13. May 2010 22:32
FOR IMMEDIATE RELEASE
Green tea with Kombucha powder, Lapacho herbal tea blend Now Available from ESPemporium.com
USA-Based tea vendor ESPEmporium.com adds Green tea with Kombucha powder, Lapacho Herbal tea blend to Wellness Herbal Tea Blends Category
Chicago, IL – May 8, 2010 – Tea experts ESP Emporium have announced the immediate availability of two new flavors of tea to their online selection of more than 160 different varieties and flavors of loose tea beverages. The flavors include a Sencha Kombucha/Plum Green Tea and a Lapacho Orange/Vanilla Herb Tea Blend, both of which offer wellness properties, including rich anti-oxidant content, and are available in four convenient shipping sizes.
“The green tea blend and the orange-vanilla blend are both perfect drinks for health-conscious tea lovers” said Steve Popec, co-owner of ESP Emporium. “The Plum Green Tea is blended with Sencha Kombucha, which offers pro-biotic and anti-bacterial characteristics, and has been linked to immune system stimulation, improved liver function and digestion, as well as possible cancer-fighting agents. Not to mention the anti-oxidant content of the green tea itself”.
“Our Lapacho herbal tea blend also offers significant health benefits, based on the anti-microbial, anti-viral and anti-fungal characteristics” said Popec. Lapacho is an herbal tea derived from the inner bark of pink lapacho – an herb used medicinally in South America and Central America.”
Both of the new flavors are available immediately:
· Green Tea with Kombucha – Four shipping weights available, ranging from: 50g (1.76oz) - Price: $5.50 to 500g (17.64oz) Price: $41.95
· Lapacho herbal tea blend – Four shipping weights available, ranging from: 50g (1.76oz) Price: $4.95 to 500 Grams (17.64oz) Price: $39.95
About ESP Emporium: The ESP Tea Emporium is an American-based, online tea company located in the Midwestern US, which specializes in premium loose teas and tea-related accessories.
For more information about this announcement please visit ESP Emporium online (http://www.espemporium.com), or contact Steve Popec at 1-866-810-1818.
6. April 2010 21:21
The origin of tea traditions of England is obliged to one of the most beautiful women in the middle of XVII century. In 1662 Charles II married princess Catherine of Braganza from Portugal. The Portuguese had been the first Europeans that encountered tea, controlled the trade routes from Asia and drank this wonderful beverage. Chest with tea leaves, among other treasures was in bride’s dowry. According to tradition, the new queen’s passion for tea was appreciated in court, and soon became the most popular drink in the chambers of Buckingham Palace. Inventive British replaced the eastern bowls for cups and saucers and used tea spoons for sugar that also entered into vogue in the XVII century.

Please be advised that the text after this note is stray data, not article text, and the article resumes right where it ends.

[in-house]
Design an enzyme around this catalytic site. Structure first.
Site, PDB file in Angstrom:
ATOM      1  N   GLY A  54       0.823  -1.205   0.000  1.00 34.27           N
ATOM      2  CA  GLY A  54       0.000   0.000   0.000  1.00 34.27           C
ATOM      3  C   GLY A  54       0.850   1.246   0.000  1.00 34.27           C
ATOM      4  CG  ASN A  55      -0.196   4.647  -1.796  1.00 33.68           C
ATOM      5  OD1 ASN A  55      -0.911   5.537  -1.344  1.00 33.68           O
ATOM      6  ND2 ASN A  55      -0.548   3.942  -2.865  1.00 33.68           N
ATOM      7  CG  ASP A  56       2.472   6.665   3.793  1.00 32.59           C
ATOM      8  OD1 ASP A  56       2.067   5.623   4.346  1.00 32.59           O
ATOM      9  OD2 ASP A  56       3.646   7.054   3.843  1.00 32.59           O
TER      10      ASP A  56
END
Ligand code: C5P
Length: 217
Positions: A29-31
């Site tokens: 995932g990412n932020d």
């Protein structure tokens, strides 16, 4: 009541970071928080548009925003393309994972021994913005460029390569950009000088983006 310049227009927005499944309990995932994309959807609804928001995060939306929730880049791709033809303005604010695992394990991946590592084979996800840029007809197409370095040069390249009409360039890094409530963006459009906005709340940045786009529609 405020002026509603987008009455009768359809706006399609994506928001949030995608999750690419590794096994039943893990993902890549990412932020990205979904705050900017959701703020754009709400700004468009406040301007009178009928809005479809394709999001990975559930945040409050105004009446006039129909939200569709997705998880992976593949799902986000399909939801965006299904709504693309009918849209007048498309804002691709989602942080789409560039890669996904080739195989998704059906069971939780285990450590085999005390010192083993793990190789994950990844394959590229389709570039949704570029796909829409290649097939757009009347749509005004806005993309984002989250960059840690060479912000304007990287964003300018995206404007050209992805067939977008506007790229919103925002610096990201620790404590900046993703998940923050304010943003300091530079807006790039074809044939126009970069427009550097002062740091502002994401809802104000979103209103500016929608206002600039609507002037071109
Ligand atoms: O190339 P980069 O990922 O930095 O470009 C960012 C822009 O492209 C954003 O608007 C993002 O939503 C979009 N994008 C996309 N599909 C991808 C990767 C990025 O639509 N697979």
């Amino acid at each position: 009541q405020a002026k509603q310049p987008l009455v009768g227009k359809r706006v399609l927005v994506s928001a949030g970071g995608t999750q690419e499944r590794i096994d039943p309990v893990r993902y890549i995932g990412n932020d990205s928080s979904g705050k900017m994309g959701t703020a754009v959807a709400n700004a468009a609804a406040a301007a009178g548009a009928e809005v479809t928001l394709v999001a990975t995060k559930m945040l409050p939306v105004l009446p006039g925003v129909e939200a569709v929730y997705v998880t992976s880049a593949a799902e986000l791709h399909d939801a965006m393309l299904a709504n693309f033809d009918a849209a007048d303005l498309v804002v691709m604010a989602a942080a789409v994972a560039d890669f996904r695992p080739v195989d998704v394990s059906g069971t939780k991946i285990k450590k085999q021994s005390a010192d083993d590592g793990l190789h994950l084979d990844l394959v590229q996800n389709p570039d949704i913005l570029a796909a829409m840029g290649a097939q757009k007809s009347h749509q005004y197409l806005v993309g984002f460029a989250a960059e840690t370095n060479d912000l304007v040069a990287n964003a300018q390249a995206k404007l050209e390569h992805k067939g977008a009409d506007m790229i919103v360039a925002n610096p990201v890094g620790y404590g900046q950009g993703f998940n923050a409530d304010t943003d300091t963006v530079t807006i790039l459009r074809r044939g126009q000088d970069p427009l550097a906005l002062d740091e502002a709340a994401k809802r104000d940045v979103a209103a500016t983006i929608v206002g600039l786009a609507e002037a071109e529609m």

The British aristocracy recognized only the tea from the youngest and most succulent of the upper leaves, which are called "Orange Pekoe". "Orange" comes from the Dutch word meaning "gold, royal, belonging to the Dutch royal House of Orange-Nassau," and "Pekoe" - from the Chinese word "leaf". Because The Dutch East India Company played a central role in introducing tea to Europe, perhaps, they could have marketed the tea as "Orange" to propose a royal warrant. However, in modern classification of common tea leaf grades "Orange Pekoe" stands for "royal leaf".
The real revolution in the tea business actually began in 1837 with the ascension to the throne of the young Queen Victoria. China was unable to meet the increased demand in Europe and began to supply the market with product of insufficient quality. At the time, relations between Great Britain and China had escalated. In response to the British sanctions, China has imposed an embargo on trade with Britain. But the decisive Queen Victoria signed a decree of establishing the state tea company in the British colony - the North Indian province of Assam. Mayor of the Royal Guard, Robert Bruce and his brother Charles crossed breeded seeds smuggled out of China with local tea trees. Thus was launched a completely new variety with bright color and a strong astringent taste. In memory of those events, one of the types of English tea from Assam is named "Victorian".
By the middle of the XIX century, Britain became the largest tea supplier, capable of providing not only the needs of the empire, but also neighboring countries. The Assam black tea from the Indian colony of Great Britain, Russians merchants carried by caravans and sold in the capital's shops, "colonial goods" under the name "Indian tea". Taste of Assam for Russians still is the most familiar and traditional.
In XX century, the British voluntarily renounced the former "tea" colonies and focused the effort on improving the quality of tea blends. This act has reflected on a nation-wide British love for tea. Continuing the Victorian tradition, modern tea masters - tea testers - offer demanding connoisseurs of tea a wide variety of traditional and exotic flavors. English tea has long gone beyond the United Kingdom, and in many countries today, tea lovers enjoy impeccable taste, intelligence and respect for people.